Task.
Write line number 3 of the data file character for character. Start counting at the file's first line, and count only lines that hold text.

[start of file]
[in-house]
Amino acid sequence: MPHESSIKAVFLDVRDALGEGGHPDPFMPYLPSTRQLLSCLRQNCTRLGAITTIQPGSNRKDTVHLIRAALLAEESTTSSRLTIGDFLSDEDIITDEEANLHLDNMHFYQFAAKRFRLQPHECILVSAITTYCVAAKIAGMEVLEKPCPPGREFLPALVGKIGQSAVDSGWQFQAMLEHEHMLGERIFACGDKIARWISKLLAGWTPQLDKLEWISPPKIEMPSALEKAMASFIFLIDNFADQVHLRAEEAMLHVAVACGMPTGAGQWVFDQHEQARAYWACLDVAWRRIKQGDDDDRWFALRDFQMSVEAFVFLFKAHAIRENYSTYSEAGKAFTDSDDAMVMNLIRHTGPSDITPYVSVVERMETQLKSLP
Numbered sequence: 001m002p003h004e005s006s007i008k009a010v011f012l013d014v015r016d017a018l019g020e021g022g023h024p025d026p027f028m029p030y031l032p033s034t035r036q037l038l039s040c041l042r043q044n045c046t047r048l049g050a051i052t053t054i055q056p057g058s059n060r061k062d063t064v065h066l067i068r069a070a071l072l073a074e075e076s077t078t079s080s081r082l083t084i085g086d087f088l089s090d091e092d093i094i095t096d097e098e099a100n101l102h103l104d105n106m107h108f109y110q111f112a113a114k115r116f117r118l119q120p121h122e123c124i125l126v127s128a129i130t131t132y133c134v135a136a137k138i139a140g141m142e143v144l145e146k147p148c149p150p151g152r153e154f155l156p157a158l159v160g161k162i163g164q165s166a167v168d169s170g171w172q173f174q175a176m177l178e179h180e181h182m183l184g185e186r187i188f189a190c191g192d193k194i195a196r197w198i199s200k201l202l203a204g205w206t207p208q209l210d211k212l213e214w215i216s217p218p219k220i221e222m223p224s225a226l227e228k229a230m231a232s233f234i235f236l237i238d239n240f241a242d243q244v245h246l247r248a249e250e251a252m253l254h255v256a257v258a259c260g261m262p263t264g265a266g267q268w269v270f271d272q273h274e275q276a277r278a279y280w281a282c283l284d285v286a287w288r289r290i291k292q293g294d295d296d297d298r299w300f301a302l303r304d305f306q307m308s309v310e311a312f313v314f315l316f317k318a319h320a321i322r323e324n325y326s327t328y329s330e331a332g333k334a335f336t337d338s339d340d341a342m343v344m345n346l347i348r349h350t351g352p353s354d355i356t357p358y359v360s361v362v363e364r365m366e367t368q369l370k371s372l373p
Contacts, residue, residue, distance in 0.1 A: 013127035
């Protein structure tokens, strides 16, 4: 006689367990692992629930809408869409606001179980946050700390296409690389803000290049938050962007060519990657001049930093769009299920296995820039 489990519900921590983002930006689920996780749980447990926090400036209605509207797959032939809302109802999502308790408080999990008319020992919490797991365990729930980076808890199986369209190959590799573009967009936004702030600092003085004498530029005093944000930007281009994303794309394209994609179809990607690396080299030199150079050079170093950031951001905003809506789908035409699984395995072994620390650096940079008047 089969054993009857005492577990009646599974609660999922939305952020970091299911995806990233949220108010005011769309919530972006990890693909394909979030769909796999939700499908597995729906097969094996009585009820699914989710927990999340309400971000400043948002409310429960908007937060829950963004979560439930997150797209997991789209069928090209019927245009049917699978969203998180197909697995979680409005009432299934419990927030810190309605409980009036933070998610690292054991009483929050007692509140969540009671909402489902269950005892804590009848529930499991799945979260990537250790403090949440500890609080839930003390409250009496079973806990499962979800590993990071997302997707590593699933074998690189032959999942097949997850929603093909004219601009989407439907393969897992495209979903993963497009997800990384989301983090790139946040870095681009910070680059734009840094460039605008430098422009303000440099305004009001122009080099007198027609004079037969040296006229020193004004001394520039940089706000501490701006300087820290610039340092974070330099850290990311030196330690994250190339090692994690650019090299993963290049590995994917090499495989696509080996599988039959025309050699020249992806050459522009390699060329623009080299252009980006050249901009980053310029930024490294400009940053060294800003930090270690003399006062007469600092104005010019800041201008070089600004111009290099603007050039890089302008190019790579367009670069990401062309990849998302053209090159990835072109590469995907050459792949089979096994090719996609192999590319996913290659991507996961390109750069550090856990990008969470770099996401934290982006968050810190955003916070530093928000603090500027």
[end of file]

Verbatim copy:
Numbered sequence: 001m002p003h004e005s006s007i008k009a010v011f012l013d014v015r016d017a018l019g020e021g022g023h024p025d026p027f028m029p030y031l032p033s034t035r036q037l038l039s040c041l042r043q044n045c046t047r048l049g050a051i052t053t054i055q056p057g058s059n060r061k062d063t064v065h066l067i068r069a070a071l072l073a074e075e076s077t078t079s080s081r082l083t084i085g086d087f088l089s090d091e092d093i094i095t096d097e098e099a100n101l102h103l104d105n106m107h108f109y110q111f112a113a114k115r116f117r118l119q120p121h122e123c124i125l126v127s128a129i130t131t132y133c134v135a136a137k138i139a140g141m142e143v144l145e146k147p148c149p150p151g152r153e154f155l156p157a158l159v160g161k162i163g164q165s166a167v168d169s170g171w172q173f174q175a176m177l178e179h180e181h182m183l184g185e186r187i188f189a190c191g192d193k194i195a196r197w198i199s200k201l202l203a204g205w206t207p208q209l210d211k212l213e214w215i216s217p218p219k220i221e222m223p224s225a226l227e228k229a230m231a232s233f234i235f236l237i238d239n240f241a242d243q244v245h246l247r248a249e250e251a252m253l254h255v256a257v258a259c260g261m262p263t264g265a266g267q268w269v270f271d272q273h274e275q276a277r278a279y280w281a282c283l284d285v286a287w288r289r290i291k292q293g294d295d296d297d298r299w300f301a302l303r304d305f306q307m308s309v310e311a312f313v314f315l316f317k318a319h320a321i322r323e324n325y326s327t328y329s330e331a332g333k334a335f336t337d338s339d340d341a342m343v344m345n346l347i348r349h350t351g352p353s354d355i356t357p358y359v360s361v362v363e364r365m366e367t368q369l370k371s372l373p